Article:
This kind of language would “empower businesses to invoke religion to discriminate,” says Daniel Mach, director of the ACLU’s Program on Freedom of Religion and Belief. “This wave of legislation does seem to be a reaction to an expansion of LGBT rights, among others.”

But defenders of the laws deny this is the case. Ryan T. Anderson at the Heritage Foundation insists the only issue at stake is “liberty”: “While the government must treat everyone equally, private actors are left free to make reasonable judgments and distinctions — including reasonable moral judgments and distinctions — in their economic activities. Not every florist need provide wedding arrangements for every ceremony. Not every photographer need capture every first kiss. Competitive markets can best harmonize a range of values that citizens hold.”

The legislation universally features language referring to the “substantial burden” imposed on businesses by anti-discrimination laws. That in turn indicates that legislators are tying their hopes to its ultimate success to other cases involving similar principles — in this case, efforts to overturn the mandate on businesses imposed by the Affordable Care Act’s provisions to provide contraception to women. Notably, Hobby Lobby is seeking to overturn that rule on the basis of the claim that it imposes a “substantial burden” on its religious beliefs.

“Never before have the courts given for-profit businesses an exemption from a generally applicable law based on the owners’ religious beliefs,” says Mach. “Every time it has been attempted in the past, they lost. And so I think there is an attempt to do something unprecedented here.”

Most of this legislation originates with the same source: the Alliance Defending Freedom (ADF), the Scottsdale-based religious-right organization formerly known as the Alliance Defense Fund, which is ostensibly dedicated to advocating for Christians’ right to “freely live out their faith.” ADF is also active in working to criminalize gay sex in other countries, and played a key role in the recent passage of Uganda’s new laws outlawing homosexuality. It is also active in supporting a number of lawsuits involving conservative Christians’ rights to discriminate against gays and lesbians.

The most problematic aspect of the “religious freedom” legislation that has been proposed so far is how vague its language is and how broadly it can be applied. Indeed, each of the bills so far applies “religious freedom” not just to the issue of providing services to gays and lesbians, but conceivably to every kind of prejudice under the sun. People could refuse to serve interracial couples, for instance, or for that matter anyone of another religion or ethnicity or who has disability.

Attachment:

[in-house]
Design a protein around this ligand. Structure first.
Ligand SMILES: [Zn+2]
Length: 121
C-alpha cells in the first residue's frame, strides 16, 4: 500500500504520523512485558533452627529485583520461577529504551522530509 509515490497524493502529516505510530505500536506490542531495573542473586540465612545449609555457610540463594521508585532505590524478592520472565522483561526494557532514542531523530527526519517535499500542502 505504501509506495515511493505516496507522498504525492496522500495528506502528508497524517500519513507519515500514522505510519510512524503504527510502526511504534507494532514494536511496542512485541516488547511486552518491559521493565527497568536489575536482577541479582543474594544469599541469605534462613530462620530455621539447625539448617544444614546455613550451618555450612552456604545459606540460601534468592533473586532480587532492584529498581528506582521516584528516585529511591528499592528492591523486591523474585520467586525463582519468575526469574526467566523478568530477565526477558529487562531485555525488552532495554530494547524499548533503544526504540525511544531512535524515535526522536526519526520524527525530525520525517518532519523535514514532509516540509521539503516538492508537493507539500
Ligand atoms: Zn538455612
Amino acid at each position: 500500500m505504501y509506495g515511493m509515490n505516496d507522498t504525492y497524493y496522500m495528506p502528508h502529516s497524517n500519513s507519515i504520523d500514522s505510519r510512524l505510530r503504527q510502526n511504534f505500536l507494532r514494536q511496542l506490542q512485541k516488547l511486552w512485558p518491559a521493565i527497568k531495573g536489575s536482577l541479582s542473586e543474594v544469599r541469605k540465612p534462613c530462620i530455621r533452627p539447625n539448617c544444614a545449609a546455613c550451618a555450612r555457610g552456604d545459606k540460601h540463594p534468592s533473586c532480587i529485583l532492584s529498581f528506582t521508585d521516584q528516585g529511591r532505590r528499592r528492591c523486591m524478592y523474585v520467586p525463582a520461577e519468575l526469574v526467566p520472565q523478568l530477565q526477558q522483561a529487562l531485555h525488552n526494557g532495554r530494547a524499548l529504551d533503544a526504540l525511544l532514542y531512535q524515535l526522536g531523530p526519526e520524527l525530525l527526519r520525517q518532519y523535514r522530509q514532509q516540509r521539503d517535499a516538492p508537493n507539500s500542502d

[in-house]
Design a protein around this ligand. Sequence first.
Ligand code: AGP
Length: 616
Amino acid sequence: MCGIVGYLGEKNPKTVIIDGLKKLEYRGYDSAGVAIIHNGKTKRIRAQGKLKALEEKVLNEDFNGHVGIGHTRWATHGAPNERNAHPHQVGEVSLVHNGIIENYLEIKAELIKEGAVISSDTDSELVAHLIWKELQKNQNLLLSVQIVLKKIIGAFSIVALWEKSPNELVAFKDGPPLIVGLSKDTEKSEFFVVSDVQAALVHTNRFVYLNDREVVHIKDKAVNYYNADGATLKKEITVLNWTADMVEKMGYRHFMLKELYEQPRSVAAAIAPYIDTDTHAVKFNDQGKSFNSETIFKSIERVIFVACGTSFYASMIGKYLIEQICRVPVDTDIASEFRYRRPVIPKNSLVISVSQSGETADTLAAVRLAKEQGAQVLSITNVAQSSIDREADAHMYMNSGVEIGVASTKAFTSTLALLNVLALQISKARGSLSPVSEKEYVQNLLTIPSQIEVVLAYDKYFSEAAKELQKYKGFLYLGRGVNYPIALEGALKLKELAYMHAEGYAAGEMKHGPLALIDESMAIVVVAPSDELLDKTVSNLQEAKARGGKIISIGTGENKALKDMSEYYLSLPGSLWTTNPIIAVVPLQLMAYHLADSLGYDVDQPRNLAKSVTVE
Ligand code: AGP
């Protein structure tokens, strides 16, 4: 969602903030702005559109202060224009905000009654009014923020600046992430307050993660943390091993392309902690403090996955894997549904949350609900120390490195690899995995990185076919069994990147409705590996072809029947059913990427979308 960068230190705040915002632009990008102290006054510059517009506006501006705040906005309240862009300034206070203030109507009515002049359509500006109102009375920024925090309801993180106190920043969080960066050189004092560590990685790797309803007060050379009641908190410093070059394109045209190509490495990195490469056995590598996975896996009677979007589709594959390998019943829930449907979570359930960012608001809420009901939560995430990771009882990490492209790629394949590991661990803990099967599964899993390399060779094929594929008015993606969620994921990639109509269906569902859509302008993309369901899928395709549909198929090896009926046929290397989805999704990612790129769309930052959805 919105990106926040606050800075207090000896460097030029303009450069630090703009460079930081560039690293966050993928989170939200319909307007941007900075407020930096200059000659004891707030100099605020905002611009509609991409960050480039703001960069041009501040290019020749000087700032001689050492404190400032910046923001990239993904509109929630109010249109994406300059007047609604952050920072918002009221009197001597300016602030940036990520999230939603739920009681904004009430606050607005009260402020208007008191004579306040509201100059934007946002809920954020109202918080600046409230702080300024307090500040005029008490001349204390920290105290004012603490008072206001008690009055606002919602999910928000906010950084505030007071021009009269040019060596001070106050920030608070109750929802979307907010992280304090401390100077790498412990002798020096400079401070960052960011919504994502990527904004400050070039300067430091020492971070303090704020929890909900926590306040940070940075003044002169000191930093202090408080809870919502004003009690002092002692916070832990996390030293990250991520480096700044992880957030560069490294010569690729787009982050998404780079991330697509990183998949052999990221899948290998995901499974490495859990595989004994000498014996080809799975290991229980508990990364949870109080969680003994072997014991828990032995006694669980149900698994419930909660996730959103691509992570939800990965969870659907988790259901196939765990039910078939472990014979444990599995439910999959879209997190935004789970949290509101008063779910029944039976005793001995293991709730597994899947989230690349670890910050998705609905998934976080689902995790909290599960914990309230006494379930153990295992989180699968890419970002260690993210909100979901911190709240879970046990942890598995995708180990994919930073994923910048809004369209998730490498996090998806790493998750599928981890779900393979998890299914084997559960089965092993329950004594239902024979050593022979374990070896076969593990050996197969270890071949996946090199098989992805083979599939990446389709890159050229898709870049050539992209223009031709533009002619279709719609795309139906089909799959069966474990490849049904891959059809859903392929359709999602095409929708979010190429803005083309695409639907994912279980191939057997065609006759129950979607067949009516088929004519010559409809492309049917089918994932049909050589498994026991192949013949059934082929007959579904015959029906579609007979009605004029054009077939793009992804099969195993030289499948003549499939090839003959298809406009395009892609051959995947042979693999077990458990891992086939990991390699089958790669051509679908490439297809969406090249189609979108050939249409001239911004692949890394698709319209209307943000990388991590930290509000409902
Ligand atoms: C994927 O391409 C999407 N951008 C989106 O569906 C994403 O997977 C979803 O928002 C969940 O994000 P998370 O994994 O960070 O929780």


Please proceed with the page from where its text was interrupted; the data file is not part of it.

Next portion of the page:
If someone claimed, for instance, to be a believer in Christian Identity — the wildly racist religious movement that preaches that white people are the true children of Israel, Jews are the literal descendants of Satan, and other nonwhites are soulless “mud people” — one could conceivably use the laws to refuse to provide services to Jews or blacks.

“If you have a religious right to refuse service to a same-sex couple that is married, you would presumably have a religious right to refuse service to Muslims, or if your religion forbids divorce, to a couple that has been divorced and remarried. And on and on,” says Mach.

In that event, he observes, these laws are not merely a reaction to advances in LGBT rights, but a whole broad swath of civil rights laws.

One of the laws’ main defenders — paleo-conservative columnist Patrick Buchanan — essentially admitted as much in his column on the debate over Arizona’s law. He offered a simple proposal: “Suppose we repealed the civil rights laws and fired all the bureaucrats enforcing these laws.”

“Does anyone think hotels, motels and restaurants across Dixie, from D.C. to Texas, would stop serving black customers? Does anyone think there would again be signs sprouting up reading ‘whites’ and ‘colored’ on drinking foundations and restrooms?”

Buchanan claimed the civil rights laws of the 1960s have already done their work, saying “the conditions that called for the laws of the 1960s have ceased to exist.” He is not clear how those laws would have ever worked in the first place if they had not been enforced on a broad basis.

Saturday, February 22, 2014

James Laffrey and His Call to Assassinate Jews


[Cross-posted at Hatewatch.]

James Laffrey has not been publicly advocating ethnic hatred for very long. He does not appear to have many, if any, followers. He is not particularly well-connected to more established entities on the anti-Semitic far right. But what he does have is a website and plans to create a white supremacist political party called Whites Will Win.